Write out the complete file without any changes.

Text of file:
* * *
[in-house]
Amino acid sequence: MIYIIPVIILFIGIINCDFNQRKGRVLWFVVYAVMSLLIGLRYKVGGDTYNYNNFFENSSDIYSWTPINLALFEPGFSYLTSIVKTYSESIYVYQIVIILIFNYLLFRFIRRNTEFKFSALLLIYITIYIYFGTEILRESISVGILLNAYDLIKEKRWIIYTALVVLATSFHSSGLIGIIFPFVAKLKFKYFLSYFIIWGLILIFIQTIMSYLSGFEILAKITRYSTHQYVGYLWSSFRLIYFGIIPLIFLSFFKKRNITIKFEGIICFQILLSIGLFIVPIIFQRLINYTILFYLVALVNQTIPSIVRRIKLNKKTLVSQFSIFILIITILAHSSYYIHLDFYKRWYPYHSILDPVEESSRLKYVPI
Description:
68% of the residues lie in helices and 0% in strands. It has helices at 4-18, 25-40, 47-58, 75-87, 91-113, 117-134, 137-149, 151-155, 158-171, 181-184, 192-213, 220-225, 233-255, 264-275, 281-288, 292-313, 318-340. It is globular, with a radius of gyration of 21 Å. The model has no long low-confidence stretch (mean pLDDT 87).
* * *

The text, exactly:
[in-house]
Amino acid sequence: MIYIIPVIILFIGIINCDFNQRKGRVLWFVVYAVMSLLIGLRYKVGGDTYNYNNFFENSSDIYSWTPINLALFEPGFSYLTSIVKTYSESIYVYQIVIILIFNYLLFRFIRRNTEFKFSALLLIYITIYIYFGTEILRESISVGILLNAYDLIKEKRWIIYTALVVLATSFHSSGLIGIIFPFVAKLKFKYFLSYFIIWGLILIFIQTIMSYLSGFEILAKITRYSTHQYVGYLWSSFRLIYFGIIPLIFLSFFKKRNITIKFEGIICFQILLSIGLFIVPIIFQRLINYTILFYLVALVNQTIPSIVRRIKLNKKTLVSQFSIFILIITILAHSSYYIHLDFYKRWYPYHSILDPVEESSRLKYVPI
Description:
68% of the residues lie in helices and 0% in strands. It has helices at 4-18, 25-40, 47-58, 75-87, 91-113, 117-134, 137-149, 151-155, 158-171, 181-184, 192-213, 220-225, 233-255, 264-275, 281-288, 292-313, 318-340. It is globular, with a radius of gyration of 21 Å. The model has no long low-confidence stretch (mean pLDDT 87).